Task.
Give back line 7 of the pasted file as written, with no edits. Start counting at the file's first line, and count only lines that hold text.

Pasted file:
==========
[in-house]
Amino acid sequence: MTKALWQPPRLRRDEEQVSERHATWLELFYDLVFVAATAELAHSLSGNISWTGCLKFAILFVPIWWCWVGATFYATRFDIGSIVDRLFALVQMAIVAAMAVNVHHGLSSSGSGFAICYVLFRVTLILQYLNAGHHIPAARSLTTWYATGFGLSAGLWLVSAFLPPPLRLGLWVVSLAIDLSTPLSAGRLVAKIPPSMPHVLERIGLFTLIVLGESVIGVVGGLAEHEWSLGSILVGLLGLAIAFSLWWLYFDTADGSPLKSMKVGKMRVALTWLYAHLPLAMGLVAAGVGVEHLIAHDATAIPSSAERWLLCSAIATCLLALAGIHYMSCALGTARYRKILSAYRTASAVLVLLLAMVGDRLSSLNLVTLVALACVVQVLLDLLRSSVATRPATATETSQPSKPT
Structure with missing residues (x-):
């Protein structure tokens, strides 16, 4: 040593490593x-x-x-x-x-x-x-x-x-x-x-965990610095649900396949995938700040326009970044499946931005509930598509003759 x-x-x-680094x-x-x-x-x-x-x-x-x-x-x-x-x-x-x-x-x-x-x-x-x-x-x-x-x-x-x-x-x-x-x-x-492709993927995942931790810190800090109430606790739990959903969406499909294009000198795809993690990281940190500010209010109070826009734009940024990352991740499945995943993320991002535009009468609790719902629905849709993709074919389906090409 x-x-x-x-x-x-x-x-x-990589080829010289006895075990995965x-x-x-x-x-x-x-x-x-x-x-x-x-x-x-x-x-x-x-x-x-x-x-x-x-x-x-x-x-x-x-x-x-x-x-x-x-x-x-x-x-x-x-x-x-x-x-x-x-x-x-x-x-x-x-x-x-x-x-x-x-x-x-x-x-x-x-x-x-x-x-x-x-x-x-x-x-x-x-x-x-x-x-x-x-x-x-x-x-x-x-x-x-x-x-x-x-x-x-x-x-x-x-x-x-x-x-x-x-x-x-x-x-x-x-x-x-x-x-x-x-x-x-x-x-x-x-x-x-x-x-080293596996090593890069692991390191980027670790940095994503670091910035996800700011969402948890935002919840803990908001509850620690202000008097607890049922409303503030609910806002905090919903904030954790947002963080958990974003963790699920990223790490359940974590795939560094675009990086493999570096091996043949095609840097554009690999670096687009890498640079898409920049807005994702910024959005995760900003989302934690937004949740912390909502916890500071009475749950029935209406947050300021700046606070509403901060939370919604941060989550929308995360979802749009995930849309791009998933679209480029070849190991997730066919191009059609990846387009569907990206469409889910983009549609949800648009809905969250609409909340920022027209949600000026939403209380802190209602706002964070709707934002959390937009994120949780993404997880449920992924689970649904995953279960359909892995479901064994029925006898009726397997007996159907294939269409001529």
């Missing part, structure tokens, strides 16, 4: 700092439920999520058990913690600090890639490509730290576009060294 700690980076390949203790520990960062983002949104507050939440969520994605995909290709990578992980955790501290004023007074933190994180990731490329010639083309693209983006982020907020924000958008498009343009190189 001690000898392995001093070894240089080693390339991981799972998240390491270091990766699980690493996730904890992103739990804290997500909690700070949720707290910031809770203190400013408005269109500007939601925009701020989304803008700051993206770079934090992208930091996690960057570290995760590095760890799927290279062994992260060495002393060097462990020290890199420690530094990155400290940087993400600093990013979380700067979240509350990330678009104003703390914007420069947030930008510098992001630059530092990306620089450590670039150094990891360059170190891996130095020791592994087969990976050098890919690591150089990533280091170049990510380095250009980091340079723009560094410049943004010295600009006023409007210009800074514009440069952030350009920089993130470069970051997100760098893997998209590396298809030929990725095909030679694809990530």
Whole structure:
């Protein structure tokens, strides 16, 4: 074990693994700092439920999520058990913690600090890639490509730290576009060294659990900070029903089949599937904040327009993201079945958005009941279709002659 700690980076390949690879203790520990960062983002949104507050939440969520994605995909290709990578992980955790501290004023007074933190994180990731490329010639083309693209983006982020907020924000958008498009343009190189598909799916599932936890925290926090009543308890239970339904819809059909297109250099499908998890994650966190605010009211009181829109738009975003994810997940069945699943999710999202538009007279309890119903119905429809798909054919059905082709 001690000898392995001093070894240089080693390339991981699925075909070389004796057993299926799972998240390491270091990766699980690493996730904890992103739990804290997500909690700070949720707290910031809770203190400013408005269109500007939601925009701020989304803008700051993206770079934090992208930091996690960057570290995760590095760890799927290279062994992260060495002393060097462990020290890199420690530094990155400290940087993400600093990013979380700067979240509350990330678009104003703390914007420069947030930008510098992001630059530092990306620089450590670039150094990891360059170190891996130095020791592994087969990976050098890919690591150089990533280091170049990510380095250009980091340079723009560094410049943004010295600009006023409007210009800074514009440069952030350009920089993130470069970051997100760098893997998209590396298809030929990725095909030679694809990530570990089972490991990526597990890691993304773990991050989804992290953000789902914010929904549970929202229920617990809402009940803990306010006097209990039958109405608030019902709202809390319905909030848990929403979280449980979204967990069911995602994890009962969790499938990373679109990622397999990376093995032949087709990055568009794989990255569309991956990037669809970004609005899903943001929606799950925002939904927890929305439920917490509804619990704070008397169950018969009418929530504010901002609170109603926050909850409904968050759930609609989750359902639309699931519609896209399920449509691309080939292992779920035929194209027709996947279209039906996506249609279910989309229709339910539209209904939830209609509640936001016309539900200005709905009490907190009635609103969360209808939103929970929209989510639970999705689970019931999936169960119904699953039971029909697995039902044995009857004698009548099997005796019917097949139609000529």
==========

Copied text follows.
């Protein structure tokens, strides 16, 4: 074990693994700092439920999520058990913690600090890639490509730290576009060294659990900070029903089949599937904040327009993201079945958005009941279709002659 700690980076390949690879203790520990960062983002949104507050939440969520994605995909290709990578992980955790501290004023007074933190994180990731490329010639083309693209983006982020907020924000958008498009343009190189598909799916599932936890925290926090009543308890239970339904819809059909297109250099499908998890994650966190605010009211009181829109738009975003994810997940069945699943999710999202538009007279309890119903119905429809798909054919059905082709 001690000898392995001093070894240089080693390339991981699925075909070389004796057993299926799972998240390491270091990766699980690493996730904890992103739990804290997500909690700070949720707290910031809770203190400013408005269109500007939601925009701020989304803008700051993206770079934090992208930091996690960057570290995760590095760890799927290279062994992260060495002393060097462990020290890199420690530094990155400290940087993400600093990013979380700067979240509350990330678009104003703390914007420069947030930008510098992001630059530092990306620089450590670039150094990891360059170190891996130095020791592994087969990976050098890919690591150089990533280091170049990510380095250009980091340079723009560094410049943004010295600009006023409007210009800074514009440069952030350009920089993130470069970051997100760098893997998209590396298809030929990725095909030679694809990530570990089972490991990526597990890691993304773990991050989804992290953000789902914010929904549970929202229920617990809402009940803990306010006097209990039958109405608030019902709202809390319905909030848990929403979280449980979204967990069911995602994890009962969790499938990373679109990622397999990376093995032949087709990055568009794989990255569309991956990037669809970004609005899903943001929606799950925002939904927890929305439920917490509804619990704070008397169950018969009418929530504010901002609170109603926050909850409904968050759930609609989750359902639309699931519609896209399920449509691309080939292992779920035929194209027709996947279209039906996506249609279910989309229709339910539209209904939830209609509640936001016309539900200005709905009490907190009635609103969360209808939103929970929209989510639970999705689970019931999936169960119904699953039971029909697995039902044995009857004698009548099997005796019917097949139609000529």